A recent article by Nancy Averett in Scientific African Magazine discusses how incidents of food poisoning in African cities may public awareness of food safety and kindle a citizens’ movement for safer foods. It focuses in part on the work of ILRI’s Delia Grace: Food safety researchers like Delia Grace of the International Livestock Research Institute, …
Just in time to add fuel to the fire of the current meat, milk and diet wars being waged in scholarly and lay media alike comes the latest issue (Oct 2019) of the scientific journal ‘Animal Frontiers’ on ‘Foods of animal origin: A prescription for global health’, with the term ‘health’, here, covering both human and environmental health. What it offers is a clear-headed, evidenced based, balanced look at the facts as we know them, and the facts that we need.
Here, on World Food Safety Day, for your pleasure and instruction, are three short videos highlighting Delia Grace, a veterinary epidemiologist at ILRI, on the importance improving the safety of foods, particularly livestock-derived foods (meat, offal, milk and eggs) produced, sold and consumed by poor people across the developing world.
A new report strengthens the economic case for increased public investment and other policy attention on food safety in developing countries. It synthesizes evidence of the economic costs of unsafe food in relation to both domestic markets and trade, positions food safety as an integral part of economic development and food system modernization, and provides guidance on improving food safety awareness and behaviour from farm to fork.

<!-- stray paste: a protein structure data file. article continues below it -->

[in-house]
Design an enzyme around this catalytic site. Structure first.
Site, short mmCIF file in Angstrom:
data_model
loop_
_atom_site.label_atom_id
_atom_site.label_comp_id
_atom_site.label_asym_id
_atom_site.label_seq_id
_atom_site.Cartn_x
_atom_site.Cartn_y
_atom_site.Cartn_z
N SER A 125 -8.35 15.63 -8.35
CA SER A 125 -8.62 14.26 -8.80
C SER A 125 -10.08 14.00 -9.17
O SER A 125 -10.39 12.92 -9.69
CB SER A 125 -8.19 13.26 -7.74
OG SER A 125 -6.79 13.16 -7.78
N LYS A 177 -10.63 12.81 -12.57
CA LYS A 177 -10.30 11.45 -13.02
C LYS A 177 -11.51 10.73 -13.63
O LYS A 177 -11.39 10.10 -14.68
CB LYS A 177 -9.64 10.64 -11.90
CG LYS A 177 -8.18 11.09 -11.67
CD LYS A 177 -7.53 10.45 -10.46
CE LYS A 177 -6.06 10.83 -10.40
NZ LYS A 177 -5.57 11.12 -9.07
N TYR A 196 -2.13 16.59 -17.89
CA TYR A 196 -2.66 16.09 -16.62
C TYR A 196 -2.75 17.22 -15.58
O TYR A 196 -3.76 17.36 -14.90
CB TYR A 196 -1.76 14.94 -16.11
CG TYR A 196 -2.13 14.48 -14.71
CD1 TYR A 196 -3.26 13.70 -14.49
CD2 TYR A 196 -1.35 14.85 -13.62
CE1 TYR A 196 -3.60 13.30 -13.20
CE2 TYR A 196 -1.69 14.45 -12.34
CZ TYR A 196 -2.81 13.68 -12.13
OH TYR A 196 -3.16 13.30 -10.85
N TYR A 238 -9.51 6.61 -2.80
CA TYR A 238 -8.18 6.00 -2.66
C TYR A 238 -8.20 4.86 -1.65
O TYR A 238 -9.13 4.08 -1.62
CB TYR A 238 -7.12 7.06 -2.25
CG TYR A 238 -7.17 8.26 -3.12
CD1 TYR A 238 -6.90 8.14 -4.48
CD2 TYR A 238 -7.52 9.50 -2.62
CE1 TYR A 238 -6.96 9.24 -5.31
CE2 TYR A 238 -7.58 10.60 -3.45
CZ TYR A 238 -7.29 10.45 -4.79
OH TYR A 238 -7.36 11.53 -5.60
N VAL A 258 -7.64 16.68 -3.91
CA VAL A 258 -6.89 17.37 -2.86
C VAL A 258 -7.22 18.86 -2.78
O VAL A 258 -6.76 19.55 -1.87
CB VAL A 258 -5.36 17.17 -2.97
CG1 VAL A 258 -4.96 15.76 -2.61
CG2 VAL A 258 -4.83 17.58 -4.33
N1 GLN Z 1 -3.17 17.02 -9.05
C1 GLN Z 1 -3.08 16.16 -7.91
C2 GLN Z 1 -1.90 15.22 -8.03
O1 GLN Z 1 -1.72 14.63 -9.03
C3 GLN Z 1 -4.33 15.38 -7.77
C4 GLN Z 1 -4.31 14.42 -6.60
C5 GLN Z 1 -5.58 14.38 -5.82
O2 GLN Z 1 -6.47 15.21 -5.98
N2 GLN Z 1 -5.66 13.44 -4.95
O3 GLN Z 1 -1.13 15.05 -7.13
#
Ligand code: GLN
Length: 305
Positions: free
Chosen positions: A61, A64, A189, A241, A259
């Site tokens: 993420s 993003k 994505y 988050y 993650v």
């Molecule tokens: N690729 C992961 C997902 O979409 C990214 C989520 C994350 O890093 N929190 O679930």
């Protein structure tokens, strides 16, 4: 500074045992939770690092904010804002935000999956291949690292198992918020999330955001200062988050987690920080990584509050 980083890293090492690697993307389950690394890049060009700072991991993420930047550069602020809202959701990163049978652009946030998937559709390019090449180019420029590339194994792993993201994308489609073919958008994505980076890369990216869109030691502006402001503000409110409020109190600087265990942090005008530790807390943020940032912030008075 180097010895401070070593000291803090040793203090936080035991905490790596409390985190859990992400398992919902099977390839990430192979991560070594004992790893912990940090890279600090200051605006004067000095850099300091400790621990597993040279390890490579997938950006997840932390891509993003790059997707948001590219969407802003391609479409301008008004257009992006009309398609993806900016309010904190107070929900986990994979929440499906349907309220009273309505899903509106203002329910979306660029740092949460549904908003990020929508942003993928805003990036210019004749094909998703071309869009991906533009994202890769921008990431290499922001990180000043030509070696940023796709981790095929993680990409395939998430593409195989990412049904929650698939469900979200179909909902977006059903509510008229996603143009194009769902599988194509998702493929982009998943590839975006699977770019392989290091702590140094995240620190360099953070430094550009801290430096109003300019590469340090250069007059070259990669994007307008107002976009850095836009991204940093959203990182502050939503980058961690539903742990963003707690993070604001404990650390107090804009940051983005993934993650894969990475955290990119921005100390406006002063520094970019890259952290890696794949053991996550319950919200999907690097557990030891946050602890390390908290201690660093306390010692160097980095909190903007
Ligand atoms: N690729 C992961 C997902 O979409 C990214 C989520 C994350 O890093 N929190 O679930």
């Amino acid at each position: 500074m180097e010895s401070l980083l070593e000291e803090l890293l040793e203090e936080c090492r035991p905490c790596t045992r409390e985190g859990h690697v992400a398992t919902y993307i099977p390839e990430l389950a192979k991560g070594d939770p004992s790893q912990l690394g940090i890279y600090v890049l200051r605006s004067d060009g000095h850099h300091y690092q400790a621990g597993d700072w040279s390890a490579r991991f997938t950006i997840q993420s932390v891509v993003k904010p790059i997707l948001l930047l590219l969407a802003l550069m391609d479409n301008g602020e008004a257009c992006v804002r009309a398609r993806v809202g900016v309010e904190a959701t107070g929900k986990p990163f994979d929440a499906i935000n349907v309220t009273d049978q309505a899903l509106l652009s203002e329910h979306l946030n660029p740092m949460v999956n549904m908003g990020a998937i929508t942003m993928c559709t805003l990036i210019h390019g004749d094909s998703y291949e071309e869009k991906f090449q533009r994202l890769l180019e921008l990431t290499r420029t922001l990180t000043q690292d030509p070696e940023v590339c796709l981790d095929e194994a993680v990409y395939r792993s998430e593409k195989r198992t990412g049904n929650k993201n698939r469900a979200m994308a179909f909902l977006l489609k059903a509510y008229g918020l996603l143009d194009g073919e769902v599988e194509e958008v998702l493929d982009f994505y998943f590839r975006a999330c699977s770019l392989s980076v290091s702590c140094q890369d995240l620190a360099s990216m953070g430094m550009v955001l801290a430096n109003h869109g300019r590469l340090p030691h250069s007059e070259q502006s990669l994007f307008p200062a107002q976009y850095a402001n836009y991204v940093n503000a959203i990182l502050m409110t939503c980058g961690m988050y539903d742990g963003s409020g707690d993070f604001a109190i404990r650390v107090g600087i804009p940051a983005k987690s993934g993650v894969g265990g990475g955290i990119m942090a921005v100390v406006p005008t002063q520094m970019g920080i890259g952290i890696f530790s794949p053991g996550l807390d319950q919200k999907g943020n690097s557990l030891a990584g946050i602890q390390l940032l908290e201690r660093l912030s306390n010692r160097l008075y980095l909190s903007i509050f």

Delia Grace Randolph, a veterinary epidemiologist and food safety expert who co-leads the Animal and Human Health program at ILRI, was interviewed recently by Wilton Park, a non-profit discussion centre in the UK. The event at which Grace spoke was a workshop held 11–13 Apr 2018 in West Sussex on Innovations to reduce the use of antimicrobials in food-producing animals in low- and middle-income countries.
A new science paper argues for broadening traditional approaches to livestock sustainability and veterinary vision in developing countries. Two of the three livestock science authors—Brian Perry and Tim Robinson—have formerly worked at the International Livestock Research Institute (ILRI) while the third—Delia Grace—co-leads ILRI’s Animal and Human Health program.
Six new high-level publications by scientists and partners of the International Livestock Research Institute (ILRI) and the CGIAR Research Program on Agriculture for Nutrition and Health (A4NH) on zoonoses, livestock and well-being.